- But Republicans and Democrats alike expressed optimism that a deal was days away
CINCINNATI: The US Senate stumbled Wednesday in the first test for a long-sought bipartisan infrastructure package as Republicans blocked the trillion-dollar measure's advancement, but lawmakers suggested a compromise deal was on the horizon.
With Republican senators in the 50-50 chamber uniting to oppose the package moving forward in a key procedural vote, Democrats were well short of the 60 votes needed to overcome a filibuster and formally begin debate on the plan.
Republicans argue that more time is needed to thrash out the details with Democrats and the White House, primarily how to raise sufficient revenue to fund the once-in-a-generation spending.
But Republicans and Democrats alike expressed optimism that a deal was days away.
"We'll have a pretty full outline, probably by Monday, and we'll be in favor of it then," Republican Senator Mitt Romney told AFP.
Romney and the other 21 negotiators issued a joint statement after the vote saying they have made "significant progress and are close to a final agreement."
"We will continue working hard to ensure we get this critical legislation right -- and are optimistic that we will finalize, and be prepared to advance, this historic bipartisan proposal... in the coming days."
President Joe Biden has made improving America's roads, bridges, ports, water pipes and broadband internet a priority in his sprawling domestic agenda.
Last month he stood with senators from both parties at the White House proclaiming a framework agreement had been secured, but after weeks of haggling a deal remained out of reach.
Traveling to Cincinnati, Ohio on Wednesday for a CNN town hall interview, Biden made a point of nudging Republicans on their informal agreement, reminding them that "I come from a tradition in the Senate, you shake your hand, that's it. You keep your word."
When asked whether he believed the plan would move forward in the Senate on Monday, Biden replied with an unequivocal "I do."
Senate Majority Leader Chuck Schumer had dramatically raised the stakes for the package by forcing Wednesday's procedural vote.
Republicans expressed frustration with the arbitrary deadline, but Schumer and Biden are keen to secure at least one major legislative victory before Congress breaks for its August recess.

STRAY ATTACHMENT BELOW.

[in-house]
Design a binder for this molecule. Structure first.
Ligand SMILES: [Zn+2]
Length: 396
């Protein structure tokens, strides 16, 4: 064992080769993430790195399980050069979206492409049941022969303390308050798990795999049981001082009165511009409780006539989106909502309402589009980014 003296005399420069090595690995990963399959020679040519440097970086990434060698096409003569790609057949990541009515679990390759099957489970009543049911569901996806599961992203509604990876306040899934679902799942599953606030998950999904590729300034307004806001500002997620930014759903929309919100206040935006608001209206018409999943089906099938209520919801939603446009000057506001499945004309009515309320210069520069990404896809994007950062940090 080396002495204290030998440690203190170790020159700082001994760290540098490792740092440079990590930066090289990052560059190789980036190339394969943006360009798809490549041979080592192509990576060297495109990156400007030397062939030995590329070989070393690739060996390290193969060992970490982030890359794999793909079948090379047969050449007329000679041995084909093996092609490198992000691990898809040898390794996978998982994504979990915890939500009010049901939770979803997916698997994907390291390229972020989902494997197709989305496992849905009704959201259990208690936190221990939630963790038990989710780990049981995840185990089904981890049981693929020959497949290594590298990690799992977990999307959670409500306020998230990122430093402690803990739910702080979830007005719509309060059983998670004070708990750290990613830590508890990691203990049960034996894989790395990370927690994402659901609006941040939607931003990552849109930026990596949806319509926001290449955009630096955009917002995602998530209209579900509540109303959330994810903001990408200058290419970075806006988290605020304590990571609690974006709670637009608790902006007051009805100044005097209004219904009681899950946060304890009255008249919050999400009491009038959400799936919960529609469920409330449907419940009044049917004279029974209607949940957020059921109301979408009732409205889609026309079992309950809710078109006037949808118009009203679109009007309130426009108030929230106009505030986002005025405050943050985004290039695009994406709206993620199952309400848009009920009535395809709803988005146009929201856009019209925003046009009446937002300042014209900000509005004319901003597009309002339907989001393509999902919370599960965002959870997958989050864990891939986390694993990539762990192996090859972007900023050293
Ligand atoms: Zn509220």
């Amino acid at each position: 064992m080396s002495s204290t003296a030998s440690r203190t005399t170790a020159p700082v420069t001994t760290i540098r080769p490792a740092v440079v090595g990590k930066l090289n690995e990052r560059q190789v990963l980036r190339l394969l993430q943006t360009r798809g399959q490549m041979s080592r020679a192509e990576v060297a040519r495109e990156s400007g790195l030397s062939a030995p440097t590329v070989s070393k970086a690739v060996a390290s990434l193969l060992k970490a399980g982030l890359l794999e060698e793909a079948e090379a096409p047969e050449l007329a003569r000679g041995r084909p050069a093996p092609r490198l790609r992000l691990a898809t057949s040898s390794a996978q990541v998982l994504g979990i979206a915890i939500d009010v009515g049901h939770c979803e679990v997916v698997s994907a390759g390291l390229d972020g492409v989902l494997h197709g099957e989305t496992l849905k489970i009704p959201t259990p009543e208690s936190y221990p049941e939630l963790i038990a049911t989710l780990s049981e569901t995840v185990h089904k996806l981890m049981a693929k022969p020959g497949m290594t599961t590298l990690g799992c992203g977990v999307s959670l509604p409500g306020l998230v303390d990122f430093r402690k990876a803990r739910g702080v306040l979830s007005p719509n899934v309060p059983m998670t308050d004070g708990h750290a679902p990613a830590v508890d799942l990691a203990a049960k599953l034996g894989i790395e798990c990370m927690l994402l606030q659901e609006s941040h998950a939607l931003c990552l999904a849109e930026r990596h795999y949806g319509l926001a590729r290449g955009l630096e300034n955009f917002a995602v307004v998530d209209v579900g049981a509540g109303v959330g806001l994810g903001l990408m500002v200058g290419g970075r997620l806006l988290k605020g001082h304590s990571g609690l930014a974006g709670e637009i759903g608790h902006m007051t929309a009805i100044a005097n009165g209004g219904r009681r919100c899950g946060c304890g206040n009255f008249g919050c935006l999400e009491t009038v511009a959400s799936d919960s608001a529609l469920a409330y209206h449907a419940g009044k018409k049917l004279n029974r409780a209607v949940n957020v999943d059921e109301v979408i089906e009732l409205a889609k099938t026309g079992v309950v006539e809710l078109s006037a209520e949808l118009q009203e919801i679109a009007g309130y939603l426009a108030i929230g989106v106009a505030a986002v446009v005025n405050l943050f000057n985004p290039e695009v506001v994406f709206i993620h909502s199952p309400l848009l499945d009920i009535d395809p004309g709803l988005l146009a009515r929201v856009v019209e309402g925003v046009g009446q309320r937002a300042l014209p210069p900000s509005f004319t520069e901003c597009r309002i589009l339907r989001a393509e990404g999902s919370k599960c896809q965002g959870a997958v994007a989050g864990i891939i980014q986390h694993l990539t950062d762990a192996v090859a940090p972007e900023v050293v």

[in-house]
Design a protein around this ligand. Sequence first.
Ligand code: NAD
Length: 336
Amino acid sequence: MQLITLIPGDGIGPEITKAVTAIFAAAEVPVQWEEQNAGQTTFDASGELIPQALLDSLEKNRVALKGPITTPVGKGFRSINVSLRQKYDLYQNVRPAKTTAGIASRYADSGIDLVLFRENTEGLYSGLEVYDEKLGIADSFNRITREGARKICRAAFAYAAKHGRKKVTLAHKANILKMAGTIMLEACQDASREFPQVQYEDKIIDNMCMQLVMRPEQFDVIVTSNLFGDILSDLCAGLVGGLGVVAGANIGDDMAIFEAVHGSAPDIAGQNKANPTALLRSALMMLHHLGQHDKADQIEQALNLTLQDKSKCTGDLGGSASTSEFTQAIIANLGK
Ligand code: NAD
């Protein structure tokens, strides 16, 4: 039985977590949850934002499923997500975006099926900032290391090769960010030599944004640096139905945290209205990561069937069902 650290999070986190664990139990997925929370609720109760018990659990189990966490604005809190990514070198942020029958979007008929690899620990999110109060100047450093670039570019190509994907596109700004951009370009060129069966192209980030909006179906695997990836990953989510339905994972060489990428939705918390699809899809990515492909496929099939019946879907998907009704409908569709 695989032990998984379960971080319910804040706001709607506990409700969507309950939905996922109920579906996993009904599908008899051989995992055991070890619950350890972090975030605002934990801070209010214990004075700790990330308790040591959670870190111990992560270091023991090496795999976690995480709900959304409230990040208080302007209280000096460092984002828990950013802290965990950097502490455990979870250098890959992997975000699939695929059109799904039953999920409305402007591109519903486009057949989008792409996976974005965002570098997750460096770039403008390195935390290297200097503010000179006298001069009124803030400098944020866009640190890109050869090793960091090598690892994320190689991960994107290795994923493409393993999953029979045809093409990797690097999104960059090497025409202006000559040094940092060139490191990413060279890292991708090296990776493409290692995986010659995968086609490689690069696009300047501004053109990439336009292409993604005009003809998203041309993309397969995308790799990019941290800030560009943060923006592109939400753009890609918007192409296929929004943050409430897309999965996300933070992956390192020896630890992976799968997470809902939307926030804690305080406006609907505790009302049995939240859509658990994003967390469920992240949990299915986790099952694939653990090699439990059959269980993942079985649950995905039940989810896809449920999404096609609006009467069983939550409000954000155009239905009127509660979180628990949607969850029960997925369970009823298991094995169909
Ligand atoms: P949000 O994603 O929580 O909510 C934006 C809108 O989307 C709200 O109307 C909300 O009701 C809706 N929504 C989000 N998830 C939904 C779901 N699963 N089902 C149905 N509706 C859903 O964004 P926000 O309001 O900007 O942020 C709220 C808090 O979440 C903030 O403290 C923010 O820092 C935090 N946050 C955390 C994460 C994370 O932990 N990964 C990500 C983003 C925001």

Multiple issues are at play but the biggest sticking point remains how to pay for the package, which includes $579 billion in new federal spending.
Republicans recently jettisoned a plan that would have raised billions by giving the Internal Revenue Service more power to combat tax dodging.
Wednesday's vote was 49-51, with Schumer using a procedural tactic of changing his vote from yes to no so he can bring the bill up at a future time.
The infrastructure package is a primary element of Biden's sweeping domestic agenda aimed at transforming America with more than $4 trillion in federal spending.
Democrats have announced they will move on the bulk of that plan with a go-it-alone, $3.5 trillion budget framework that includes massive investments in health, education, climate change resilience and expanding social welfare programs.
Democratic leaders intend to use a fast-track process known as reconciliation that allows budget-related legislation to pass by simple majority.
With Republicans united against the broader budget bill, every Senate Democrat would need to support the package -- no guarantee in a caucus that includes progressives and moderates.
If all Democrats back it and every Republican opposes, Vice President Kamala Harris, in her role as president of the Senate, would break the 50-50 tie.
"We don't have much leeway," progressive Senator Bernie Sanders told reporters.
"But I believe that at the end of the day, every member of the Democratic caucus understands that we have got to address the long-neglected needs of working families and that we need to bring forward this very, very comprehensive piece of legislation."
Republicans have expressed alarm at Biden's agenda, declaring it an attempt at a socialist takeover that would threaten the country's financial stability and fuel inflation.
"They're playing Russian roulette with our economy," top Republican Senator Mitch McConnell said.
Biden himself has pressed Congress to deliver on his priorities, saying last Friday that "we can't afford not to make these investments."